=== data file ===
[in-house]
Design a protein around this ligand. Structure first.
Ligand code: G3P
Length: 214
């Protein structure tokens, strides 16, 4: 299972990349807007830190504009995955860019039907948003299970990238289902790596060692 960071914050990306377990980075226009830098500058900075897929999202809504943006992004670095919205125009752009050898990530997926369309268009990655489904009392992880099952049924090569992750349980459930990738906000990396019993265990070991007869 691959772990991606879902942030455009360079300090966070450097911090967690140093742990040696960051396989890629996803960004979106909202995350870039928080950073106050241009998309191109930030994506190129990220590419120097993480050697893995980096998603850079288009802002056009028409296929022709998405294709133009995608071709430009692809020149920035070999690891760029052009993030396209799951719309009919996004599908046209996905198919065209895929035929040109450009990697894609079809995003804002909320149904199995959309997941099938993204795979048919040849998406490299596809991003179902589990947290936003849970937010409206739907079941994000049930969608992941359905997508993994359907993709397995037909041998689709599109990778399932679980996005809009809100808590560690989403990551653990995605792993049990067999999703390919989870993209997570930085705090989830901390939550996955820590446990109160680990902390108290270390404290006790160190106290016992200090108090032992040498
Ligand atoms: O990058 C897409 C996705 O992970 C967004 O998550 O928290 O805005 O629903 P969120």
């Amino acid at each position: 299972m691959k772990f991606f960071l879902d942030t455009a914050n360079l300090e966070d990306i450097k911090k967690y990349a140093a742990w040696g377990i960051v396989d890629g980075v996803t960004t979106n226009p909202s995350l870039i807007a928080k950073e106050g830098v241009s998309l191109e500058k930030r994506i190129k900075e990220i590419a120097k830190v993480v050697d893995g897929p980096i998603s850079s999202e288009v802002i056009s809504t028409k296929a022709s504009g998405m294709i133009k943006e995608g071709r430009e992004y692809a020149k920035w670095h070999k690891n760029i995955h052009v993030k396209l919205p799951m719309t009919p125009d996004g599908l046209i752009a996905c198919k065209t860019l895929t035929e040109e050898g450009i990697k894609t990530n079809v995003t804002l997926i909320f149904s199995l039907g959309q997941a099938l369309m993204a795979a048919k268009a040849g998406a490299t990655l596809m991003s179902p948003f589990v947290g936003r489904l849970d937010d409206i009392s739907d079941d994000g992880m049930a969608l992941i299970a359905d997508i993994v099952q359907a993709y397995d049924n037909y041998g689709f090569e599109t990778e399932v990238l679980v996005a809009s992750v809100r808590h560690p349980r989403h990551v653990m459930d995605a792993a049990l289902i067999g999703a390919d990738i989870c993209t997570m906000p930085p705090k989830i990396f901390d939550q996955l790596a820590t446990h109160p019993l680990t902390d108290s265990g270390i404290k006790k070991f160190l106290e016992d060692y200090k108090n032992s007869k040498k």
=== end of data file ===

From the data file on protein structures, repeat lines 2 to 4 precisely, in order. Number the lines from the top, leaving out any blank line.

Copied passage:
Design a protein around this ligand. Structure first.
Ligand code: G3P
Length: 214